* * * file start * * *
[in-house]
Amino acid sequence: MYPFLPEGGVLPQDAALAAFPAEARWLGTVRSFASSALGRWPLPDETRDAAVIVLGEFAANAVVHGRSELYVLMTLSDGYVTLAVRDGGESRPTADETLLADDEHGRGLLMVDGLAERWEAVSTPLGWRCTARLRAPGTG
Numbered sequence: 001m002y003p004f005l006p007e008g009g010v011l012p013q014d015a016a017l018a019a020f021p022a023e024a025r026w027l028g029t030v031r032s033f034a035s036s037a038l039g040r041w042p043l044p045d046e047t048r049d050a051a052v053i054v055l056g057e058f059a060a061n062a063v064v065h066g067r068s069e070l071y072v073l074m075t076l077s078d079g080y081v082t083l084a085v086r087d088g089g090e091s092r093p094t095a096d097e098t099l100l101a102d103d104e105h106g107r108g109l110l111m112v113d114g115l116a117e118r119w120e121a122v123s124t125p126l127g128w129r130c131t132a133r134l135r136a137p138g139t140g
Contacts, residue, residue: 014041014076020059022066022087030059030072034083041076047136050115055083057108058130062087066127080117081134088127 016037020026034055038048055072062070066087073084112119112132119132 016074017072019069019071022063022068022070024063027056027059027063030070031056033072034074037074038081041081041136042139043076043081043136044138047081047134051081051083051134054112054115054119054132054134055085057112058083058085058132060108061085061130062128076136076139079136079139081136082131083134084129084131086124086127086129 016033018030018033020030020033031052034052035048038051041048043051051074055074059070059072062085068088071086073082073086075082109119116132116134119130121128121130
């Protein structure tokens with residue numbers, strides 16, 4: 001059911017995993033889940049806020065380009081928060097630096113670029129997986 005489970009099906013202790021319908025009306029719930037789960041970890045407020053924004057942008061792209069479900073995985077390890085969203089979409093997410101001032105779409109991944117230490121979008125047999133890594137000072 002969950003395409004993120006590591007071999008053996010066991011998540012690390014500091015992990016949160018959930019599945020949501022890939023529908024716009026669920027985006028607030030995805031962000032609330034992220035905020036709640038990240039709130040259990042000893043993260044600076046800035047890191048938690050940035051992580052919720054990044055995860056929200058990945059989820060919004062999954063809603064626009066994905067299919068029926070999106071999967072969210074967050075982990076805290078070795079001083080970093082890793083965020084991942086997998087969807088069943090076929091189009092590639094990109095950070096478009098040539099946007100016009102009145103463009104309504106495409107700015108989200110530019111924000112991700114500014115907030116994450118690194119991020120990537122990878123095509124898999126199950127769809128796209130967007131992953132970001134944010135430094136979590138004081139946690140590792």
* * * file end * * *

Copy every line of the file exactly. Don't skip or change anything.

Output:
[in-house]
Amino acid sequence: MYPFLPEGGVLPQDAALAAFPAEARWLGTVRSFASSALGRWPLPDETRDAAVIVLGEFAANAVVHGRSELYVLMTLSDGYVTLAVRDGGESRPTADETLLADDEHGRGLLMVDGLAERWEAVSTPLGWRCTARLRAPGTG
Numbered sequence: 001m002y003p004f005l006p007e008g009g010v011l012p013q014d015a016a017l018a019a020f021p022a023e024a025r026w027l028g029t030v031r032s033f034a035s036s037a038l039g040r041w042p043l044p045d046e047t048r049d050a051a052v053i054v055l056g057e058f059a060a061n062a063v064v065h066g067r068s069e070l071y072v073l074m075t076l077s078d079g080y081v082t083l084a085v086r087d088g089g090e091s092r093p094t095a096d097e098t099l100l101a102d103d104e105h106g107r108g109l110l111m112v113d114g115l116a117e118r119w120e121a122v123s124t125p126l127g128w129r130c131t132a133r134l135r136a137p138g139t140g
Contacts, residue, residue: 014041014076020059022066022087030059030072034083041076047136050115055083057108058130062087066127080117081134088127 016037020026034055038048055072062070066087073084112119112132119132 016074017072019069019071022063022068022070024063027056027059027063030070031056033072034074037074038081041081041136042139043076043081043136044138047081047134051081051083051134054112054115054119054132054134055085057112058083058085058132060108061085061130062128076136076139079136079139081136082131083134084129084131086124086127086129 016033018030018033020030020033031052034052035048038051041048043051051074055074059070059072062085068088071086073082073086075082109119116132116134119130121128121130
């Protein structure tokens with residue numbers, strides 16, 4: 001059911017995993033889940049806020065380009081928060097630096113670029129997986 005489970009099906013202790021319908025009306029719930037789960041970890045407020053924004057942008061792209069479900073995985077390890085969203089979409093997410101001032105779409109991944117230490121979008125047999133890594137000072 002969950003395409004993120006590591007071999008053996010066991011998540012690390014500091015992990016949160018959930019599945020949501022890939023529908024716009026669920027985006028607030030995805031962000032609330034992220035905020036709640038990240039709130040259990042000893043993260044600076046800035047890191048938690050940035051992580052919720054990044055995860056929200058990945059989820060919004062999954063809603064626009066994905067299919068029926070999106071999967072969210074967050075982990076805290078070795079001083080970093082890793083965020084991942086997998087969807088069943090076929091189009092590639094990109095950070096478009098040539099946007100016009102009145103463009104309504106495409107700015108989200110530019111924000112991700114500014115907030116994450118690194119991020120990537122990878123095509124898999126199950127769809128796209130967007131992953132970001134944010135430094136979590138004081139946690140590792």